As County Down was my target, and high tide forecast for around 12:15pm, I decided to start at what is now my favourite site for reading rings - Kinnegar Beach, situated on the County Down side of Belfast Lough.
Arriving at 14:15, the tide was beginning to recede, with gulls and waders arriving at a steady pace. I felt like shooting one young man, aged in his early 20's, as on passing close by me, and seeing that I was using a telescope to view the birds, he deliberately walked out and scared everything off.
I waited until he moved off to the southern end of the beach, before walking out and throwing a large amount of bread onto the shore, to entice the gulls back in. This worked a treat, and in no time, the birds arrived back in good numbers once again. A 'colour-ringed' Oystercatcher, which I realised was another returning bird from Iceland was spotted. I easily captured a few photos, then that young man once again walked towards the birds. He knew what he was doing, as every now and again, he glanced back towards me. At that point, I had had enough of him and departed.
The Oystercather, rung YL-W(UA), was ringed as a breeding adult in May 2018, and I recorded it wintering on Kinnegar Beach on three occasions between August 2018 and January 2019. Having reported my sighting to Böddi in Iceland, I received an updated PDF File, which showed that YL-W(UA), was spotted back in Iceland, on two occasions during this past summer. My thanks to Boddi for the update. It was good to record another returning bird, and the PDF File can be read (here).
Oystercatcher - YL-W(UA) - Kinnegar Beach, Belfast Lough, Co. Down (14 Sep 2019)
(Ringed as an Un-Sexed Breeding Adult, on the 23rd May 2018, at Ísólfsskáli, Southern Iceland)
On leaving Kinnegar, I drove straight on to Millisle, to see if I could record any ringed Common Gulls. With having my own project on this species, and having taken over Shane Wolsey's former project on Common Gulls, I'm always eager to record new rings or re-sight some of the previous gulls, to add to their longevity records.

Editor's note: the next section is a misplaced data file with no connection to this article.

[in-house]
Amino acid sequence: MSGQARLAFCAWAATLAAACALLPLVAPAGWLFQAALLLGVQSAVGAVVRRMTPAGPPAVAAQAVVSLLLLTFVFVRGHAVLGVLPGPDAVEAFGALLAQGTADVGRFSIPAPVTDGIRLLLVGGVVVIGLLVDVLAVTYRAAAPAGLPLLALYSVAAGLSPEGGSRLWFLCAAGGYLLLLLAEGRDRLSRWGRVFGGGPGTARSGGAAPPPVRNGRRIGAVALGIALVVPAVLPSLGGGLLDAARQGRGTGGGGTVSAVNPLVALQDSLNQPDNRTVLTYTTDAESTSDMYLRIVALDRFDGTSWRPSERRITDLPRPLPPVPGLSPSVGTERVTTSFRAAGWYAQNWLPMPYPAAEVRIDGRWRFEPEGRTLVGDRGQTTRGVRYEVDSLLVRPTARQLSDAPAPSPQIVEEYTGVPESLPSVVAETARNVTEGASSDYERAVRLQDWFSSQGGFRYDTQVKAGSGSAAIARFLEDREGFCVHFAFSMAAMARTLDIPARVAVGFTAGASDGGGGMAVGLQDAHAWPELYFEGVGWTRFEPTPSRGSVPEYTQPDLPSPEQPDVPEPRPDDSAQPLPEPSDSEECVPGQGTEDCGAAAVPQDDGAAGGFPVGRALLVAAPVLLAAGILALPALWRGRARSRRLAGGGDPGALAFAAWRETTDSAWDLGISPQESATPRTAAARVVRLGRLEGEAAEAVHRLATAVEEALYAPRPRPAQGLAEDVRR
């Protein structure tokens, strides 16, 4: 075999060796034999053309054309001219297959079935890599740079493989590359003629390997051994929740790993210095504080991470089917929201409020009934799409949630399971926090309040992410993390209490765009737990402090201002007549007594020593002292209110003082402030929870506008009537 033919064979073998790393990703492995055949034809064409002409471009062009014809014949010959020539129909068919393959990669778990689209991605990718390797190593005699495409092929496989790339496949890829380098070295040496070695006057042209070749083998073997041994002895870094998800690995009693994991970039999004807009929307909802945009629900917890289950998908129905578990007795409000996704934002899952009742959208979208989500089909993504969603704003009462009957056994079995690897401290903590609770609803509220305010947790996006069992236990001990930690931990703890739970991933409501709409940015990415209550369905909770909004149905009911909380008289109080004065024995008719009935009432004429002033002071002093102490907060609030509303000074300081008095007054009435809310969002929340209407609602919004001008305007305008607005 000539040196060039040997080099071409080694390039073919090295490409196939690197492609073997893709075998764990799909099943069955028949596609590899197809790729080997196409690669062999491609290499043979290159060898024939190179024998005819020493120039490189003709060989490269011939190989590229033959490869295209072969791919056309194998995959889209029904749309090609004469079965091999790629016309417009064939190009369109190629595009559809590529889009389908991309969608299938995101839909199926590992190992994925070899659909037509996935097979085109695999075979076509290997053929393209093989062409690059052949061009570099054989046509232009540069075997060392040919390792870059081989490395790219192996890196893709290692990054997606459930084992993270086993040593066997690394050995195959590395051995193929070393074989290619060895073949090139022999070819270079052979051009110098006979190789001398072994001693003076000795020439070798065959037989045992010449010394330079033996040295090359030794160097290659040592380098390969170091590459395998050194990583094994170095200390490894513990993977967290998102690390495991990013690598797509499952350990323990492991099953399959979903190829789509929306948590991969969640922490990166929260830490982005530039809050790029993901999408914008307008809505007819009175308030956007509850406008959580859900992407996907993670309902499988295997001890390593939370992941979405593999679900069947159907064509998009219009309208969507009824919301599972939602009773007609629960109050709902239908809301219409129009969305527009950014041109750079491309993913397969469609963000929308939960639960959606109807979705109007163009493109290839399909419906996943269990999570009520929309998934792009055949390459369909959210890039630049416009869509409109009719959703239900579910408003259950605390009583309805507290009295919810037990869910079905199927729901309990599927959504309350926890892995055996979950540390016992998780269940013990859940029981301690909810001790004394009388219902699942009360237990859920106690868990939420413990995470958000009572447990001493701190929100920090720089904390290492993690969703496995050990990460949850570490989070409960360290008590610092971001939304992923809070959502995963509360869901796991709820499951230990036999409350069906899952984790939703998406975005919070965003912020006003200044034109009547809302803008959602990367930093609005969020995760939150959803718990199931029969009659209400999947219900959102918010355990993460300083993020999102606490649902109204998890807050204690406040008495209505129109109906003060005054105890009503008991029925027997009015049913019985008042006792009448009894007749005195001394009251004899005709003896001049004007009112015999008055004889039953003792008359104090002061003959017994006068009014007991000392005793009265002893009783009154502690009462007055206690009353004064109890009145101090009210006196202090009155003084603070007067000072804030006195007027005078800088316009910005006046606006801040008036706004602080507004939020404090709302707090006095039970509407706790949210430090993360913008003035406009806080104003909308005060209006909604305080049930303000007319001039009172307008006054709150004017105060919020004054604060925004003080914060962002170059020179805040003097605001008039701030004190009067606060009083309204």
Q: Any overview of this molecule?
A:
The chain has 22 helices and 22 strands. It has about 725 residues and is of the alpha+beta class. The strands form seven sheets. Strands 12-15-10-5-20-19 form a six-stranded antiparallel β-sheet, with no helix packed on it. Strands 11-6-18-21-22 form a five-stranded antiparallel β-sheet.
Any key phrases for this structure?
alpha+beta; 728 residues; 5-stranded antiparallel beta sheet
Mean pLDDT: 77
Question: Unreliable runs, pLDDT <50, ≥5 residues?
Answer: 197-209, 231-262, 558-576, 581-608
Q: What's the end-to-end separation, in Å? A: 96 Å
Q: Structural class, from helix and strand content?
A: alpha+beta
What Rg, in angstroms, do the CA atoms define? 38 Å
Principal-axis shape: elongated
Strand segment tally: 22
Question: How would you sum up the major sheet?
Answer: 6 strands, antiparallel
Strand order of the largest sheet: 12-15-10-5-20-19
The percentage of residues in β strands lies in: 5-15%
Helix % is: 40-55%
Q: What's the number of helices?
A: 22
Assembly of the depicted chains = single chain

Arriving at Millisle, I stopped by the north beach first. With the tide now well out, plenty of gulls of various species were present. Scoping through them, the first 'colour-ring' to be spotted, was on a lone Mediterranean Gull. It was too far away, for the code to be read through the telescope, but my camera made short work of the distance. Having scoped through the other gulls, a couple of 'metal-rung' Common Gulls were spotted, but there was no chance to read those rings.
Returning to my car, I checked through my photos of the Med Gull, which bore a 'Yellow Darvic', and had me thinking it was a German bird. Due to the distance, I had a fuzzy image of the code, which appeared to read - 2XT6 . As the code started with the number 2, this would have been a bird ringed in the British Isles, but I did not recognise the code. I knew this one would be bettered viewed at home, once downloaded onto my laptop.
I then proceeded towards the south beach at Millisle, which is usually the best spot to read Common Gull rings. As I was driving towards the village, I noticed a Herring Gull standing on the sea wall beside the road. As I passed it, I saw that it was 'colour-ringed', so I had to turn off and drive back towards it. Parking a short distance away, so as not to spook it, I easily captured it's code - 1E:W . Once again, I recognised the code, as a bird that I've previously recorded.
Knowing it was ringed as part of a project on the nearby Copeland Islands, on returning home I checked for it on my spreadsheet. Today's, was my third record of the gull here at Millisle, having first recorded it on the 12th March 2016, and again on the 16th June 2018. Between these sightings, I have a record of the gull being spotted at Donaghadee (a couple of kms north), by Marc Ruddock, who spotted it on the 28th February 2017.
Adam McClure, was formerly the ringing coordinator for the Copeland Project, but I've no idea if anyone has taken over this role. The duration since being ringed is now 4 years, 4 months and 8 days, the distance from Big Copeland Island, being 8 kms / 5 miles (S).